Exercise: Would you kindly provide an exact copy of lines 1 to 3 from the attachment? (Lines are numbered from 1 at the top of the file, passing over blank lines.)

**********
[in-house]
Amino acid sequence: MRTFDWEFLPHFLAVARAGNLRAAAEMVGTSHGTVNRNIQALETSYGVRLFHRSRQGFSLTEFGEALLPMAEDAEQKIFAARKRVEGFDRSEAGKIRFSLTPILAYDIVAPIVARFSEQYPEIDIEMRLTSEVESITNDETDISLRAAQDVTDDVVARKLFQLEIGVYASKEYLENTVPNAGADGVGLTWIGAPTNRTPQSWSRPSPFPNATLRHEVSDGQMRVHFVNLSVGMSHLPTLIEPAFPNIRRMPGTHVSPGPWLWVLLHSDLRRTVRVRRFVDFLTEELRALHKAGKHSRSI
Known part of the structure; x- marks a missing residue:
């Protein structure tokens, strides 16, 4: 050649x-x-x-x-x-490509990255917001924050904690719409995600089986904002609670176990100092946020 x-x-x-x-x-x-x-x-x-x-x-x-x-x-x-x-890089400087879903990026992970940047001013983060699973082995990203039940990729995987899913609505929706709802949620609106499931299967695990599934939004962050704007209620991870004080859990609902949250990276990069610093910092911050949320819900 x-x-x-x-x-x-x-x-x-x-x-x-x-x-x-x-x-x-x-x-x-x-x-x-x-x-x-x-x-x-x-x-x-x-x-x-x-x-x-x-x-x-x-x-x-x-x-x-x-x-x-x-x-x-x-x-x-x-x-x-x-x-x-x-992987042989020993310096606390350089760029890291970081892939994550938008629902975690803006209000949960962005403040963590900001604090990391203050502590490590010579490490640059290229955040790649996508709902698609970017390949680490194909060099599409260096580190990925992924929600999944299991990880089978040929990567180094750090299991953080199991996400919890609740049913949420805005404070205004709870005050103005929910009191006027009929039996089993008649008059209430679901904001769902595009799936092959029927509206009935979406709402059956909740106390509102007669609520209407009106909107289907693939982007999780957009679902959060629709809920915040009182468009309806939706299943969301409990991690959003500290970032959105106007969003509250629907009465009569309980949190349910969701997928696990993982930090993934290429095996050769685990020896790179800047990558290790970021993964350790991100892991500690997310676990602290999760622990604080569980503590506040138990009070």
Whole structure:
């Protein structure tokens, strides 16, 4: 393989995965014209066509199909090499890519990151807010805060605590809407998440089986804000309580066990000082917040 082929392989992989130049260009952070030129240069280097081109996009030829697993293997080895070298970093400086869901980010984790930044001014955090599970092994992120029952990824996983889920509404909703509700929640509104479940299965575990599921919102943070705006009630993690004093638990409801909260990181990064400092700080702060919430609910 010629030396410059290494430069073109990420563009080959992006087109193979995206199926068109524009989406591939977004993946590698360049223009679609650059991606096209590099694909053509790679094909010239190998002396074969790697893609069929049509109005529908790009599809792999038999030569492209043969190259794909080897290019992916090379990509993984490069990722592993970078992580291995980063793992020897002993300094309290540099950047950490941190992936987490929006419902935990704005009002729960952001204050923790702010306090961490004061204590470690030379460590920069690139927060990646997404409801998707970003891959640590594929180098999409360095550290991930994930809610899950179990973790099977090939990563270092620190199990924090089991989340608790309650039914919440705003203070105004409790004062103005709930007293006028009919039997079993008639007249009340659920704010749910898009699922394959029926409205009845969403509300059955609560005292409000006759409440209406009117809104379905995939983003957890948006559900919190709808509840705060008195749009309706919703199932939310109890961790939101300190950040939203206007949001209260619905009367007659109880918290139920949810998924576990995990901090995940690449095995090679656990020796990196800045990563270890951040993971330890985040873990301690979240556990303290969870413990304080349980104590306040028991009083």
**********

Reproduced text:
[in-house]
Amino acid sequence: MRTFDWEFLPHFLAVARAGNLRAAAEMVGTSHGTVNRNIQALETSYGVRLFHRSRQGFSLTEFGEALLPMAEDAEQKIFAARKRVEGFDRSEAGKIRFSLTPILAYDIVAPIVARFSEQYPEIDIEMRLTSEVESITNDETDISLRAAQDVTDDVVARKLFQLEIGVYASKEYLENTVPNAGADGVGLTWIGAPTNRTPQSWSRPSPFPNATLRHEVSDGQMRVHFVNLSVGMSHLPTLIEPAFPNIRRMPGTHVSPGPWLWVLLHSDLRRTVRVRRFVDFLTEELRALHKAGKHSRSI
Known part of the structure; x- marks a missing residue: